Nanoscience focuses on the design and creation of molecular systems that work on the nanoscale. It manipulates materials at an atomic level in a way that alters how substances work at the macroscale.
It is a science that includes several disciplines, including chemistry, physics, biology, material science, and engineering. Because of this wide field of application, it is also being applied to develop the weapons, armour, and defence systems of the future.
The development of such nano-weapons varies from tiny robotic machines and highly reactive explosives to electromagnetic super-materials and stealth coatings.
The advances in this branch of technology will create new hazards and consequences, which global institutions will regulate and counteract, much as the U.S. Atomic Energy Act of 1954 attempted to limit nuclear research. But any legislation and protocols made will always need to be updated to keep up with the fast pace of the research being conducted.
Nanotechnology has been widely and quickly used in the defence industry over the last two decades, with China, the United Kingdom, Russia, and most notably the United States all funding the military use of nanomaterials. While the US government is a clear national leader in the development of nanotechnology, it is being increasingly challenged by foreign competition as recognition of this science has grown in publicly and commercially funded research.
The U.S. National Nanotechnology Initiative
In order to direct funds toward the advancement of nanoscience and associated technologies, with a strong emphasis on utilizing the potential of nanoweapons, the US government established the National Nanotechnology Initiative in 2000. Since then, the US has expanded its initial plan to coordinate the use of nanotechnology across all branches of the military. The US government alone invested over $19.4 billion in nanoscience between 2001 and 2014 with many in the private sector also seeing value in nanomaterial technology.
Looking ahead, the United States plans to maintain its position as global leader in nanotechnology through national cooperation, productivity, and competitiveness, specifically in passing the 21st Century Nanotechnology Research and Development Act of 2003.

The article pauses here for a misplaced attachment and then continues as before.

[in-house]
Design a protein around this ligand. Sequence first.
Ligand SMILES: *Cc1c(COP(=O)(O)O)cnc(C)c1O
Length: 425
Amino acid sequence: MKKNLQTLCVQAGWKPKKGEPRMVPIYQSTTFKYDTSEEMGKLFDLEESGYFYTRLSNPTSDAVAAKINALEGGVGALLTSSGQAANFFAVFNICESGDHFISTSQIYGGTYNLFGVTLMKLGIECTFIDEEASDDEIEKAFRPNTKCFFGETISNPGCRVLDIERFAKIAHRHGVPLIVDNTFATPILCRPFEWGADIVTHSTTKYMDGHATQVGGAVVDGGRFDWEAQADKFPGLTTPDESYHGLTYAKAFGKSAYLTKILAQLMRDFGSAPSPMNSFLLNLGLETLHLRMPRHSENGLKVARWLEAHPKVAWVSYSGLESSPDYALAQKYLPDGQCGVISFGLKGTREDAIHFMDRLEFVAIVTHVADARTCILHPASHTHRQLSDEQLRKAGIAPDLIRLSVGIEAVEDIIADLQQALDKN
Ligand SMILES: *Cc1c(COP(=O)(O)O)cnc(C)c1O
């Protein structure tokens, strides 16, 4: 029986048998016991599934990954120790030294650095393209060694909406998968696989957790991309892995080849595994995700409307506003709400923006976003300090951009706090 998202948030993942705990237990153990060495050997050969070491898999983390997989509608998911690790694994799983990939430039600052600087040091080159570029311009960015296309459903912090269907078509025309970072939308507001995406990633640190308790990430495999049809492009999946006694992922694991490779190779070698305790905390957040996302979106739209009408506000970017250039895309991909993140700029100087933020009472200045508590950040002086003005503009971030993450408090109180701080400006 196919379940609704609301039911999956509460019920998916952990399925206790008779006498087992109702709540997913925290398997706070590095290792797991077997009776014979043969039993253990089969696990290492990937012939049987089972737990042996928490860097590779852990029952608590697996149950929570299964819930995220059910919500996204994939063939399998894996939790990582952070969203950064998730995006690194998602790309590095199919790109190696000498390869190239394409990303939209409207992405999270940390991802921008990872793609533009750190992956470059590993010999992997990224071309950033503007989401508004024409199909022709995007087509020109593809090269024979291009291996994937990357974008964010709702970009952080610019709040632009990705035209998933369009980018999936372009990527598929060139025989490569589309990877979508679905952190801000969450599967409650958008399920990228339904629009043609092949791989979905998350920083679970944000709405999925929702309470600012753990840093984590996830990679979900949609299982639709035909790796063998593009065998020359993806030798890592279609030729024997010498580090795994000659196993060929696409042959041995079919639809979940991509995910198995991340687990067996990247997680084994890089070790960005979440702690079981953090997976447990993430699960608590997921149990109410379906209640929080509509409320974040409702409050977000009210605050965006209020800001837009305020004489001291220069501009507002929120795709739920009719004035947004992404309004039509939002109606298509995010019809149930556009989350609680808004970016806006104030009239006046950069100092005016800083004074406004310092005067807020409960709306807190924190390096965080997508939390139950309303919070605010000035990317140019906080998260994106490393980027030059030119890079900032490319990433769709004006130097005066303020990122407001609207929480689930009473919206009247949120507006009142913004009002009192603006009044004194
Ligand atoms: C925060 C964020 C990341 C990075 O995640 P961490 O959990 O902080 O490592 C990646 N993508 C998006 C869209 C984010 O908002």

China and Nanotechnology in Defence
The Chinese defence budget is still some way behind that of the United States, but as the world’s second largest investor in nanotechnology the Chinese military is a key player in the development of nanomaterial-enhanced weapons.
For example, in 2018, researchers at Tsinghua University in Beijing published a study showing how modified carbon nanotubes could withstand a weight of over 800 tonnes on a sample measuring only 1cm3. While this could have multiple uses in the construction or manufacturing sectors, the defence applications are also clear and being worked on. This is in line with Chunli Bai, Vice President at the Chinese Academy of Science's stated aim of closing the gap between ‘basic research and application’ in order for China be more globally competitive.
Much of this research focuses on relatively benign advances, such as more durable coatings with enhanced chemical resistance and electro-conductivity. Or nano-structured silicate used as an insulating material but manipulated in such a way as to significantly reduce weight.
This is a common theme for nanotechnology in both civilian and military sectors where nanomaterials are used to improve existing designs. Adding properties such as low weight, increased flexibility or rigidity, enhanced durability, added sensing devices, self-repair, or the manipulation of electromechanical properties. For military purposes this can be applied in many ways, such as improving ship and aircraft performance, strengthening tank or personal body armour protection, or by creating more secure communication systems.
However, defence industry development has always been top secret, meaning that little is known about exactly what progress is being made by any nation. As a consequence, nanotechnology breakthroughs which could upset the balance of power make everyone nervous.
As Margaret Kosal, author of Military Applications of Nanotechnology: Implications for Strategic Security, noted way back in 2014, “A lack of transparency about an emerging technology not only negatively effects public perception but also negatively impacts the perceived balance of powers in the existing security environment.”
Nanomaterials have seemingly endless possibilities in both civilian and military life. Yet like all progress in technology, the consequences are never truly known in advance.